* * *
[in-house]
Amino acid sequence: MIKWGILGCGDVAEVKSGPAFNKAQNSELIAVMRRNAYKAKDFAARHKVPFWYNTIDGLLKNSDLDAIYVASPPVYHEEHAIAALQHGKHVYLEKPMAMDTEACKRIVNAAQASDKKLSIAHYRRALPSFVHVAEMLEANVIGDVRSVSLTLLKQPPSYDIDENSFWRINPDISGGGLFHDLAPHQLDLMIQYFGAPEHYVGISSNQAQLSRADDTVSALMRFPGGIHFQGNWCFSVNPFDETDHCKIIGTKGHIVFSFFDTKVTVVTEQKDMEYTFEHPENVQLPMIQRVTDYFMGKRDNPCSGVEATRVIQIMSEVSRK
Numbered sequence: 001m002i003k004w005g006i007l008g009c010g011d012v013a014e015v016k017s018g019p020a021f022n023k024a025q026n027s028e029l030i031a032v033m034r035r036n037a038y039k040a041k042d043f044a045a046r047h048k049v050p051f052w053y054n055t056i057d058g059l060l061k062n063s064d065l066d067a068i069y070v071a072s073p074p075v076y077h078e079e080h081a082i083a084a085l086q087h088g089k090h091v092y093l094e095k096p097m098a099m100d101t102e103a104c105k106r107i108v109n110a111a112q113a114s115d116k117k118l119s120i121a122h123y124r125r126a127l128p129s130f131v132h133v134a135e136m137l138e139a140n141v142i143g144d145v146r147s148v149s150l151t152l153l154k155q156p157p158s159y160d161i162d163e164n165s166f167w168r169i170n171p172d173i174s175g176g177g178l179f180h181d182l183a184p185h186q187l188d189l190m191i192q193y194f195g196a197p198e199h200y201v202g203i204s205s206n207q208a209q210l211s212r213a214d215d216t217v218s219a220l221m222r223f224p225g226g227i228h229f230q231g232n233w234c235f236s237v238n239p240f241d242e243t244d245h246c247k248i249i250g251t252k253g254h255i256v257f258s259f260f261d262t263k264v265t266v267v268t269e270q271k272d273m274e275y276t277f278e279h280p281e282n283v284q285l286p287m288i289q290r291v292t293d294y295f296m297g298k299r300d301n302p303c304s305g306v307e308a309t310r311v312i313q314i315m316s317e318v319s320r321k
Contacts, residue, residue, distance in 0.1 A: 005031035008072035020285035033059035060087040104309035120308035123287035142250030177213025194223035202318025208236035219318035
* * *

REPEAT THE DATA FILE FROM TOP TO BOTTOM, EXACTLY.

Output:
[in-house]
Amino acid sequence: MIKWGILGCGDVAEVKSGPAFNKAQNSELIAVMRRNAYKAKDFAARHKVPFWYNTIDGLLKNSDLDAIYVASPPVYHEEHAIAALQHGKHVYLEKPMAMDTEACKRIVNAAQASDKKLSIAHYRRALPSFVHVAEMLEANVIGDVRSVSLTLLKQPPSYDIDENSFWRINPDISGGGLFHDLAPHQLDLMIQYFGAPEHYVGISSNQAQLSRADDTVSALMRFPGGIHFQGNWCFSVNPFDETDHCKIIGTKGHIVFSFFDTKVTVVTEQKDMEYTFEHPENVQLPMIQRVTDYFMGKRDNPCSGVEATRVIQIMSEVSRK
Numbered sequence: 001m002i003k004w005g006i007l008g009c010g011d012v013a014e015v016k017s018g019p020a021f022n023k024a025q026n027s028e029l030i031a032v033m034r035r036n037a038y039k040a041k042d043f044a045a046r047h048k049v050p051f052w053y054n055t056i057d058g059l060l061k062n063s064d065l066d067a068i069y070v071a072s073p074p075v076y077h078e079e080h081a082i083a084a085l086q087h088g089k090h091v092y093l094e095k096p097m098a099m100d101t102e103a104c105k106r107i108v109n110a111a112q113a114s115d116k117k118l119s120i121a122h123y124r125r126a127l128p129s130f131v132h133v134a135e136m137l138e139a140n141v142i143g144d145v146r147s148v149s150l151t152l153l154k155q156p157p158s159y160d161i162d163e164n165s166f167w168r169i170n171p172d173i174s175g176g177g178l179f180h181d182l183a184p185h186q187l188d189l190m191i192q193y194f195g196a197p198e199h200y201v202g203i204s205s206n207q208a209q210l211s212r213a214d215d216t217v218s219a220l221m222r223f224p225g226g227i228h229f230q231g232n233w234c235f236s237v238n239p240f241d242e243t244d245h246c247k248i249i250g251t252k253g254h255i256v257f258s259f260f261d262t263k264v265t266v267v268t269e270q271k272d273m274e275y276t277f278e279h280p281e282n283v284q285l286p287m288i289q290r291v292t293d294y295f296m297g298k299r300d301n302p303c304s305g306v307e308a309t310r311v312i313q314i315m316s317e318v319s320r321k
Contacts, residue, residue, distance in 0.1 A: 005031035008072035020285035033059035060087040104309035120308035123287035142250030177213025194223035202318025208236035219318035